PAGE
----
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An investment to mull over

One of the New Zealand success stories of the 1990s has been the strong performance of the wine industry. Should you own part of it?

Tuesday, January 13th 1998, 12:00AM

by Philip Macalister

One of the New Zealand success stories of the 1990s has been the strong performance of the wine industry.
It's best illustrated by two measures. One is the number of international awards the industry has won for the quality of its beverages, and the other is the massive growth in exports.
Since 1987 the volume of exports has risen from just 1 million litres to 13.1 million litres in 1997, and during the same period the export value has ballooned from $4.5 million to nearly $76 million.
The other significant trend in New Zealand has been the shift from beer and spirit drinking to wine. Since 1987 beer consumption has fallen 20.2 per cent in volume terms and spirit sales have declined by nearly 28 per cent.

These trends, plus a growing demand for premium New Zealand wines in offshore markets such as the United Kingdom are all positive factors for the industry. That's borne out in Wine Institute statistics which show the number of winemakers has doubled in seven years, and production vineyard area has increased 41 per cent to 7300 ha over that period. What's more another 900ha is expected to be added to the national estate over the next two years.
Investing in vineyards is something that tends to appeal to high net-worth individuals. Besides the pleasant associations of quaffing one's own vintage, there is often the ability to use such an investment to minimise tax liabilities and to help build up a retirement asset that will produce substantial income in future years.
There are various options for investors to consider when looking at vineyards. One is to take the corporate route and buy shares on the Stock Exchange in either Corporate Investments (CIL) which owns the country's biggest winemaker Montana, or DB Group which owns Corbans Wines the second biggest producer.
Montana accounts for 77 per cent of CIL's assets, and it has been the main driver of the group's strong share price recovery. Montana has about 43 per cent of the domestic market share and is upbeat on export prospects in the UK, Australia and the United States.
It has budgeted for capital expenditure of $15 million in the current year and the overall expansion programme is anticipated to see exports rise in the next five years.
Corbans is harder to get a handle on as DB does not itemise the winemaker's contribution to group earnings. However, Corbans has about 28 per cent of the domestic market and it accounts for just under a third of DB's total earnings.
While Corbans is thought to be less profitable than Montana, DB has adopted an aggressive growth strategy for the business and is nurturing it along after the group spent a period under the control of Brierley Investments.
Besides the listed share route investors are also presented, from time to time, with the opportunity of joint ventures or partnerships.
These allow investors to get closer to the asset and have some say in their running, and generally relate to just a vineyard, rather than a winery.
The latest offering is the 63ha Brackenfield Estate vineyard in Marlborough's Awatere Valley that is being promoted by Farmers Mutual Group.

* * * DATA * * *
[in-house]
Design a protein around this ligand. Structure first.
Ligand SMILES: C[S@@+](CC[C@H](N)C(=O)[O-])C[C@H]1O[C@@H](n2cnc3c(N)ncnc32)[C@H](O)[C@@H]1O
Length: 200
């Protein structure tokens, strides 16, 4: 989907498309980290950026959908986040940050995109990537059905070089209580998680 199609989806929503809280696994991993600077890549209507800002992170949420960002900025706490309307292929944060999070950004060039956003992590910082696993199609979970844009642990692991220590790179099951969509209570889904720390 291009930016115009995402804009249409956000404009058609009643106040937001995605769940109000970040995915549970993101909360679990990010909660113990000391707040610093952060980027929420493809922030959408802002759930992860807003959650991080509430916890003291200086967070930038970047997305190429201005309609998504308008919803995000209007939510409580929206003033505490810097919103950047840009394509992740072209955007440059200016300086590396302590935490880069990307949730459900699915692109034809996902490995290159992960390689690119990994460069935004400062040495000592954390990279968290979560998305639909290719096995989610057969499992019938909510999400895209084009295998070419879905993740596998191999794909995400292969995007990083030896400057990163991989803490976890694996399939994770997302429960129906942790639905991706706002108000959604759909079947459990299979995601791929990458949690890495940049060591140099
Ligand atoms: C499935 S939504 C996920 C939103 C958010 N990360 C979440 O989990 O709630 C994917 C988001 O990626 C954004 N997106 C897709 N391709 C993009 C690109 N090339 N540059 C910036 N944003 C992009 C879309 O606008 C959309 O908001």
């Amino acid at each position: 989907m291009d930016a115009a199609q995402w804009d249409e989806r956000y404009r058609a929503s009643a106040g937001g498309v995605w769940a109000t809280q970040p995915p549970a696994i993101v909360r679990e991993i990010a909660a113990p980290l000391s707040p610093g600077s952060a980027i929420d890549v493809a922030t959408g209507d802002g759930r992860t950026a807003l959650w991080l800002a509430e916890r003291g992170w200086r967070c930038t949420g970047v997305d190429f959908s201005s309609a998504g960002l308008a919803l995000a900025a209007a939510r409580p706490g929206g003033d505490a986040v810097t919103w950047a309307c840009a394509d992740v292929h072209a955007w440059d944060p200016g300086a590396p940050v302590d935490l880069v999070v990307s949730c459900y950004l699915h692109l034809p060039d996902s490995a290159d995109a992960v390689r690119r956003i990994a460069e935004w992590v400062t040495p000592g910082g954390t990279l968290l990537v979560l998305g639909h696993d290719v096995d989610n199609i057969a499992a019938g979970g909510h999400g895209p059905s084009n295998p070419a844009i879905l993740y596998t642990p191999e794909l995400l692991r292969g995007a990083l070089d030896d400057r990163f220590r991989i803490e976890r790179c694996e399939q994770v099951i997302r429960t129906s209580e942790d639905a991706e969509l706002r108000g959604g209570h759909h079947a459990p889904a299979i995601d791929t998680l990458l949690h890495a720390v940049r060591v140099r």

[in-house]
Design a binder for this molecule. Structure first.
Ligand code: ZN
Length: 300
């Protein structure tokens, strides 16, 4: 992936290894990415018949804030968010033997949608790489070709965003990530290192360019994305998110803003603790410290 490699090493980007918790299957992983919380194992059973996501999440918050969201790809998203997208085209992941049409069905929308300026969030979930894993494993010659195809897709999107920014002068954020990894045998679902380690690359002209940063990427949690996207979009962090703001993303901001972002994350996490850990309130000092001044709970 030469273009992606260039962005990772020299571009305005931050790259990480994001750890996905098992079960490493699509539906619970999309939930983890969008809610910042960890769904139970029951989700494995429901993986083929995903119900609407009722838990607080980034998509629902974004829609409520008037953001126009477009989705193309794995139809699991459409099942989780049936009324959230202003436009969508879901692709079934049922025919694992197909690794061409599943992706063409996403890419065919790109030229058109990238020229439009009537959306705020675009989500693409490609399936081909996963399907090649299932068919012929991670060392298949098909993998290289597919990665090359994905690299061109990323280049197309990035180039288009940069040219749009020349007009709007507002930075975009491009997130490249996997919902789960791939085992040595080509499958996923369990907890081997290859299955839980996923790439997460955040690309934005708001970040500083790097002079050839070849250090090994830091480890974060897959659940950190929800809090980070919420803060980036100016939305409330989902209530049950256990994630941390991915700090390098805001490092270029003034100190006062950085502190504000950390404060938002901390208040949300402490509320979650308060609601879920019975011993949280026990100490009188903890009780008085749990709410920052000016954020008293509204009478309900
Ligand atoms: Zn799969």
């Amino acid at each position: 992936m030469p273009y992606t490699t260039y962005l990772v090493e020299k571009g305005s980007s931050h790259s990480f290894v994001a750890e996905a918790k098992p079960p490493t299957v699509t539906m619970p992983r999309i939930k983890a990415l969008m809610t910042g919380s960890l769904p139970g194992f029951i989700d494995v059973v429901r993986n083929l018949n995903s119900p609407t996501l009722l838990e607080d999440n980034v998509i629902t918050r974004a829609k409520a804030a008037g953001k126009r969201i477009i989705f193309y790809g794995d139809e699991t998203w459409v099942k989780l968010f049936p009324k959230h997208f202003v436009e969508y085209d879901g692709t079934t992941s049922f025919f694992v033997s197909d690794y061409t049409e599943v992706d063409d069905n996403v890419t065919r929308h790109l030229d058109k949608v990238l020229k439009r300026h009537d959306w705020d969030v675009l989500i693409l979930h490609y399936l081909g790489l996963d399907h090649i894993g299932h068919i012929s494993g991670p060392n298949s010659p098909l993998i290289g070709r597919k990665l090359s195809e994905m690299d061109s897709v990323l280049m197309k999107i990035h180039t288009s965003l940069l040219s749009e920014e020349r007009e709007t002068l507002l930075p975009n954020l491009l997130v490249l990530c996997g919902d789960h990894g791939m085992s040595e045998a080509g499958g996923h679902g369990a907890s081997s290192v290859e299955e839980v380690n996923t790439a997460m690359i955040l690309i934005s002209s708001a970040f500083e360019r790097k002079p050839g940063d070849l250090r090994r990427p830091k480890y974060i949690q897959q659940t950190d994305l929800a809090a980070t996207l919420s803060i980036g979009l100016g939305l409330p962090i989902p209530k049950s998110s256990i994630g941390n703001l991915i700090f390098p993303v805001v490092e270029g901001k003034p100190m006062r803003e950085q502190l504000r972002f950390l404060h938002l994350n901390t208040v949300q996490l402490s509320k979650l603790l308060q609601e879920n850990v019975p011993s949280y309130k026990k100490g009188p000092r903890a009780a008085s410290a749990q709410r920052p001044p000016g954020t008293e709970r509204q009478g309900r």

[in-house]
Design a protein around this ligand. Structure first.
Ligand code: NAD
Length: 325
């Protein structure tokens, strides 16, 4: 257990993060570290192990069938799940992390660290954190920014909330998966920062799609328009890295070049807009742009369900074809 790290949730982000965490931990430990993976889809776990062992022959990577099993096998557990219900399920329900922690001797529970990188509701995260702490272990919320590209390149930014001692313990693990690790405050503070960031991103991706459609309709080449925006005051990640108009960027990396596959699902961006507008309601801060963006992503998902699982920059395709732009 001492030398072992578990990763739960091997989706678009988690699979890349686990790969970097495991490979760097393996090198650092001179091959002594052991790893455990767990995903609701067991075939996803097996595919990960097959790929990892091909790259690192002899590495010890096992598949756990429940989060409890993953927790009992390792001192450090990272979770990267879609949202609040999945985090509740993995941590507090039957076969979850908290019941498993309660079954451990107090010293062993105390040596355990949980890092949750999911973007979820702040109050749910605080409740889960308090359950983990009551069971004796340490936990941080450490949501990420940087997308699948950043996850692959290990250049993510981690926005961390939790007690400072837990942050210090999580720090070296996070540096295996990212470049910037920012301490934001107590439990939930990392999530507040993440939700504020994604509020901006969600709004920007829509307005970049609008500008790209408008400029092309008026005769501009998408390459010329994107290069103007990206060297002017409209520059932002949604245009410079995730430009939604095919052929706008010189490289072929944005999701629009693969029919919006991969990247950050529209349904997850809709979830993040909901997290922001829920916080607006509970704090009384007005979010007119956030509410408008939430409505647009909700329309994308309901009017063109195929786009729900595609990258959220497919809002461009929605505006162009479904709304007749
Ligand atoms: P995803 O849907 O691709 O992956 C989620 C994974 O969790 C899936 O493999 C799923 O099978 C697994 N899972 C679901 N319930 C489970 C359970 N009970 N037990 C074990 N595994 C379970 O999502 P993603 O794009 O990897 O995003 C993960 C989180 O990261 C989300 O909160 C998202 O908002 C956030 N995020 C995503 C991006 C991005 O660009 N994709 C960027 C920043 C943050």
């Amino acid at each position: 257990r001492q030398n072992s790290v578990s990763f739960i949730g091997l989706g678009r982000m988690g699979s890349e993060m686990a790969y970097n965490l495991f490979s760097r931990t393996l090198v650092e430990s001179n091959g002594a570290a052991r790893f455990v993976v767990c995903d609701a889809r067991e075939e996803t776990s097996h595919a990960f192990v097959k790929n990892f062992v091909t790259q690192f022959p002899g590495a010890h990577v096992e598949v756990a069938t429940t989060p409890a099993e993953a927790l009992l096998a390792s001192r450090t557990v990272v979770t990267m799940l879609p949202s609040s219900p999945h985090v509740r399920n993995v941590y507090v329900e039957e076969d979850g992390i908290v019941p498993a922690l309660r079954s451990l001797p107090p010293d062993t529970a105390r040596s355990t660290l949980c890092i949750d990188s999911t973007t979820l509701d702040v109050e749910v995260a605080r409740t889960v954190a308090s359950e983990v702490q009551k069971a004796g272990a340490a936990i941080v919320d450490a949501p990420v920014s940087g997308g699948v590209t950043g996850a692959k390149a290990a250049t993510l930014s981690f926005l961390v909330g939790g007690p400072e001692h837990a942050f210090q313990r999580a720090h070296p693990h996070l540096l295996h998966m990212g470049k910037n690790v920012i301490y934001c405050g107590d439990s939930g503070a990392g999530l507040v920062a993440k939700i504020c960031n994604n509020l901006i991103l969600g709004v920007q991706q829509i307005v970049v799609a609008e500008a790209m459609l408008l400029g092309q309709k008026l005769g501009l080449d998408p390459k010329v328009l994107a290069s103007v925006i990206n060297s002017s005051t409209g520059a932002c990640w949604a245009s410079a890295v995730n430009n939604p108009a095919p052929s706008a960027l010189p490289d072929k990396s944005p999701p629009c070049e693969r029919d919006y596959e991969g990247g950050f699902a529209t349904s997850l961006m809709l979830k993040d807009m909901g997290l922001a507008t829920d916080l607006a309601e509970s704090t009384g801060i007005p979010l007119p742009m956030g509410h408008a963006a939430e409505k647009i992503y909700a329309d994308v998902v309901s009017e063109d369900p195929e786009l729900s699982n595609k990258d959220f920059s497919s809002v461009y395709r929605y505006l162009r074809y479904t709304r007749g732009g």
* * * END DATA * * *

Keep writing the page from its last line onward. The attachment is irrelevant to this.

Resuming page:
The vineyard has been divided into 265 units, priced at $8430 paid over three years, and is projected to have an internal rate of return of 8.81 per cent over the first 15 years, after accounting for tax at 33 per cent.
FMG earlier promoted the Medway vineyard, further up the Awatere Valley, which was sold as 90 units at $27,000 each.
An feature of both FMG's vineyards is just that. They are vineyards and will produce grapes for someone else to convert into wine.
At some stage FMG may look to putting together a winery to process the grapes from both properties, but that is sometime in the future.
Since it takes three years until the vines start producing grapes, investors can use the early vineyard losses to reduce their personal tax liabilities.
Buying listed shares doesn't provide an investor with the tax credits a partnership may offer, however they do offer investors liquidity and the ability to exit their holdings easily at a price determined by the market on the day.
Partnerships can be more difficult to get out of and the exit price may be at a discount to the vineyard's underlying value.
Bell Gully partner David McGregor says in the latest BOMA news that there are four crucial issues for prospective vineyard investors to consider before ploughing their money into the ground in the hope of making juicy profits. The venture should have:
  • A sound grape supply contract with minimum pricing for a fixed term with a major company. The financial substance of the grape purchase underpins the yield of a credible project
  • The manager must be reputable and have appropriate viticultural expertise, although a consultancy in respect of the latter could suffice.
  • Land in a premium or very promising area with the right soil profile supported by a viticultural report and a reputable viticulturist. Although investors will always prefer a freehold interest in land, many viticulture projects are only available on a leasehold basis.
  • A good environment regime. For example there should be access to water and a regulatory requirement that encourages grape growing.
  • It is important to ensure the premium grapes are the right varieties for the area.
Owning a vineyard or a winery has a romantic appeal, but like many romances there can be bad times. People considering such an investment should be realistic about the financial returns and remember some vintages never reach their full potential, while others can exceed expectations.
Investing in a wine should be, like a good romance and last for a long-time.
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